The country can prepare for disease outbreaks by making accommodation for health care professionals and researchers who will able to rapidly diagnose, produce vaccines, or drugs for new pathogens, and by investing in a public health communication system that is prepared to prevent, detect and respond to emergencies related to infectious diseases in a timely manner.
Can you tell us how you contracted the virus?
I’m not very sure how I contracted the virus, but working with different people and caring for patients who may have recently contracted the virus, without it being detected upon admission, could have been responsible for it.
How were you able to know that you’ve contracted the virus and what were the symptoms you exhibited? Or were you asymptomatic?
I woke up on the morning of July 4, 2020, terribly weak, with a fever of 100.6 F, headaches, and nasal congestion. I immediately contacted my employers who recommended I got tested, especially since some of my coworkers had tested positive, however asymptomatic. I placed a call to my doctor’s office and she referred me for a COVID test. The result came back the following day, positive. I was really devastated as I had my little boy and mum in the house.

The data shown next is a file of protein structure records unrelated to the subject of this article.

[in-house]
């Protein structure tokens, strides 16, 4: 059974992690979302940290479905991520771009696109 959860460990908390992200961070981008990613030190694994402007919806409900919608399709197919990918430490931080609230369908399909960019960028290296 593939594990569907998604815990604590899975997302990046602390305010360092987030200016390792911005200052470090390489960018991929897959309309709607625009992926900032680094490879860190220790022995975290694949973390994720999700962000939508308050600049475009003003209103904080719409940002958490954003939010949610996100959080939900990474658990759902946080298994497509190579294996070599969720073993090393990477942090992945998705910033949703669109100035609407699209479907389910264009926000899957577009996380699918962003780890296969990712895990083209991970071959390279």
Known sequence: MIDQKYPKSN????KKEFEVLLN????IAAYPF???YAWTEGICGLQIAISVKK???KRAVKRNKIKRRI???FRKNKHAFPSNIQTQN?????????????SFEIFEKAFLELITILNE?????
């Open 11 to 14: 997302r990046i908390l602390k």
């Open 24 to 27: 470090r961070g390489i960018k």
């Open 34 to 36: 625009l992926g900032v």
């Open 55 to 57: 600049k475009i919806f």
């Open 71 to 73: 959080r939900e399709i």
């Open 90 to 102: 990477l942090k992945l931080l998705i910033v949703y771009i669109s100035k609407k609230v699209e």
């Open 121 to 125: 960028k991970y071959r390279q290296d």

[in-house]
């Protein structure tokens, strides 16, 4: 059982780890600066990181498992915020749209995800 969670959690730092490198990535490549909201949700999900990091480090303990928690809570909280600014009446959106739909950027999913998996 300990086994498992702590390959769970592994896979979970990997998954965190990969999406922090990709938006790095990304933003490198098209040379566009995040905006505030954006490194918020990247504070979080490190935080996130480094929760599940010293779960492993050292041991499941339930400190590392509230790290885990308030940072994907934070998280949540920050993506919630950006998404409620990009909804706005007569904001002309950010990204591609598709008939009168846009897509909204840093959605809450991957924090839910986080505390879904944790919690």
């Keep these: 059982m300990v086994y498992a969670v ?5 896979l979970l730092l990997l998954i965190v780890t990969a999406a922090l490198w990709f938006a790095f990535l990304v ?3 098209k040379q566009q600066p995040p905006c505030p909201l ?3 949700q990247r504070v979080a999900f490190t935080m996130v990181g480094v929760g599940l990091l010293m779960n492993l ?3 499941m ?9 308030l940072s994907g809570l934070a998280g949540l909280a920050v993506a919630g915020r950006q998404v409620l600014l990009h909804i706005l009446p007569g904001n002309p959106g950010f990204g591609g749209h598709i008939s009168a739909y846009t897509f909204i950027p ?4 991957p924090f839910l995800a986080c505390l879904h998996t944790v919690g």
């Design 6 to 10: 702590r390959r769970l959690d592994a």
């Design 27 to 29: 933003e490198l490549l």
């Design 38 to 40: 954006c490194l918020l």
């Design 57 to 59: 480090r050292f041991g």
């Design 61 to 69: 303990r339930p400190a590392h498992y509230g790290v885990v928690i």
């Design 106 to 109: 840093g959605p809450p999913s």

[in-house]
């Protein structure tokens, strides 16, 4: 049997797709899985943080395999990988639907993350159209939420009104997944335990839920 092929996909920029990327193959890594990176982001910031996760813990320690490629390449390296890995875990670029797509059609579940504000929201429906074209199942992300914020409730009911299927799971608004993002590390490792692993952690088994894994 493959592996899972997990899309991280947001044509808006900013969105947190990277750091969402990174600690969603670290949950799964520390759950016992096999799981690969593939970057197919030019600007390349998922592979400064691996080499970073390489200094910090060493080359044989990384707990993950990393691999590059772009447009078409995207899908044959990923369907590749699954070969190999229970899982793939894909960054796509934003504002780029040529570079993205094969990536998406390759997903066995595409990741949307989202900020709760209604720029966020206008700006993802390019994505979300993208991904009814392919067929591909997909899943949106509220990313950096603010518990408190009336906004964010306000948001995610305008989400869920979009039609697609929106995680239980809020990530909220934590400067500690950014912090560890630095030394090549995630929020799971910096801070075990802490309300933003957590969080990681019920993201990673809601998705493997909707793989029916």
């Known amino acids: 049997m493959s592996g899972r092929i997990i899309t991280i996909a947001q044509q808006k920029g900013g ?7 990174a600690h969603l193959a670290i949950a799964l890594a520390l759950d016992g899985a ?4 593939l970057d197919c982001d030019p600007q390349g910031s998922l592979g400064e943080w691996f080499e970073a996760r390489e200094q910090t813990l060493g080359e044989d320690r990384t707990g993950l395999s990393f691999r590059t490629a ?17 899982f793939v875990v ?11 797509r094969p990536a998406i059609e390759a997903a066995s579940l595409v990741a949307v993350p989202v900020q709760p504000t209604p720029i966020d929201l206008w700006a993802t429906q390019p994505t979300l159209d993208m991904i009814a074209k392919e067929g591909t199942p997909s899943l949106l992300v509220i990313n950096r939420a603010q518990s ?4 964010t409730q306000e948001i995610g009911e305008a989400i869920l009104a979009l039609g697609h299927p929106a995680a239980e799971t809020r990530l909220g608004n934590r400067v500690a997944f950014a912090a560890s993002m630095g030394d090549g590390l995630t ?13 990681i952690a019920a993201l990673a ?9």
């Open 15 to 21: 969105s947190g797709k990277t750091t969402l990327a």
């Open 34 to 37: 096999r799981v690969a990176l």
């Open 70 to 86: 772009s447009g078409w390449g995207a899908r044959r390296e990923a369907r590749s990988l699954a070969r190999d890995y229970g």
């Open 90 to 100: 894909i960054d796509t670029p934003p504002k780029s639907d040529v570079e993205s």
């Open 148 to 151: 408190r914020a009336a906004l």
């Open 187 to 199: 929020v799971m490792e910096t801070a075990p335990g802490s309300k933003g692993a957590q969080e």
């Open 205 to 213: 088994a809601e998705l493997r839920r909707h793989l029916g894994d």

I had a fever, severe body aches, headaches, and airway congestion which I was able to manage.
Have you received COVID-19 vaccine?
Not yet, I was supposed to take the vaccine before my trip to Nigeria, but considering that I wouldn’t be available for the second dose on the 21st day, I deferred it.
What can you say about the vaccination programme in the US?
The vaccination programme is being embraced tremendously, especially by people who have seen or felt the impact of the virus. While we still expect more vaccines to arrive, frontlines, the elderly, and those at a higher risk for contracting the virus have been earmarked to be the first recipients.
At least 10 million people have been vaccinated in America. Can this success be replicated in Nigeria and how?
Anything can be replicated or even improved on in Nigeria. What matters the most is how much the people understand and embrace the concept.